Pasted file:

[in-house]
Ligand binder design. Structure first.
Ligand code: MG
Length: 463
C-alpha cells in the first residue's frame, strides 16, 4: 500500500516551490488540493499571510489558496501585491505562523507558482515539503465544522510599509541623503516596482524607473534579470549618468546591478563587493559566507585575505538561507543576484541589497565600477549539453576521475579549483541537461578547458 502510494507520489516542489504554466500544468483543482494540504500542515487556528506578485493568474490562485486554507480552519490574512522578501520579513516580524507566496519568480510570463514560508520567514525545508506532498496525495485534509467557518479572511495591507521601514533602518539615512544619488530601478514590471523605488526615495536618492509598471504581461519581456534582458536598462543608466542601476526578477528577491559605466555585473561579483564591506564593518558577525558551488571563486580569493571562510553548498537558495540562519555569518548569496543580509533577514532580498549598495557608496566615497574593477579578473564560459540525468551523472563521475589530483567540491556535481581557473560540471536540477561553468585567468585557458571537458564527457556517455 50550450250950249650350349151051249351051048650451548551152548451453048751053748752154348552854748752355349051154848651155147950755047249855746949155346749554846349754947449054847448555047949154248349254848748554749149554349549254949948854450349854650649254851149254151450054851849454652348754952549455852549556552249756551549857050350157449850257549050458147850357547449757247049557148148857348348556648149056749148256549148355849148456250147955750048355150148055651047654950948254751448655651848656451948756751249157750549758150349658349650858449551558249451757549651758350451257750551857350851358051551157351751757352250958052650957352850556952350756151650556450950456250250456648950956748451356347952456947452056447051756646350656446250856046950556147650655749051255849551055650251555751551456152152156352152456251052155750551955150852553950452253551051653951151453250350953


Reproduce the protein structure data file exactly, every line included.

[in-house]
Ligand binder design. Structure first.
Ligand code: MG
Length: 463
C-alpha cells in the first residue's frame, strides 16, 4: 500500500516551490488540493499571510489558496501585491505562523507558482515539503465544522510599509541623503516596482524607473534579470549618468546591478563587493559566507585575505538561507543576484541589497565600477549539453576521475579549483541537461578547458 502510494507520489516542489504554466500544468483543482494540504500542515487556528506578485493568474490562485486554507480552519490574512522578501520579513516580524507566496519568480510570463514560508520567514525545508506532498496525495485534509467557518479572511495591507521601514533602518539615512544619488530601478514590471523605488526615495536618492509598471504581461519581456534582458536598462543608466542601476526578477528577491559605466555585473561579483564591506564593518558577525558551488571563486580569493571562510553548498537558495540562519555569518548569496543580509533577514532580498549598495557608496566615497574593477579578473564560459540525468551523472563521475589530483567540491556535481581557473560540471536540477561553468585567468585557458571537458564527457556517455 50550450250950249650350349151051249351051048650451548551152548451453048751053748752154348552854748752355349051154848651155147950755047249855746949155346749554846349754947449054847448555047949154248349254848748554749149554349549254949948854450349854650649254851149254151450054851849454652348754952549455852549556552249756551549857050350157449850257549050458147850357547449757247049557148148857348348556648149056749148256549148355849148456250147955750048355150148055651047654950948254751448655651848656451948756751249157750549758150349658349650858449551558249451757549651758350451257750551857350851358051551157351751757352250958052650957352850556952350756151650556450950456250250456648950956748451356347952456947452056447051756646350656446250856046950556147650655749051255849551055650251555751551456152152156352152456251052155750551955150852553950452253551051653951151453250350953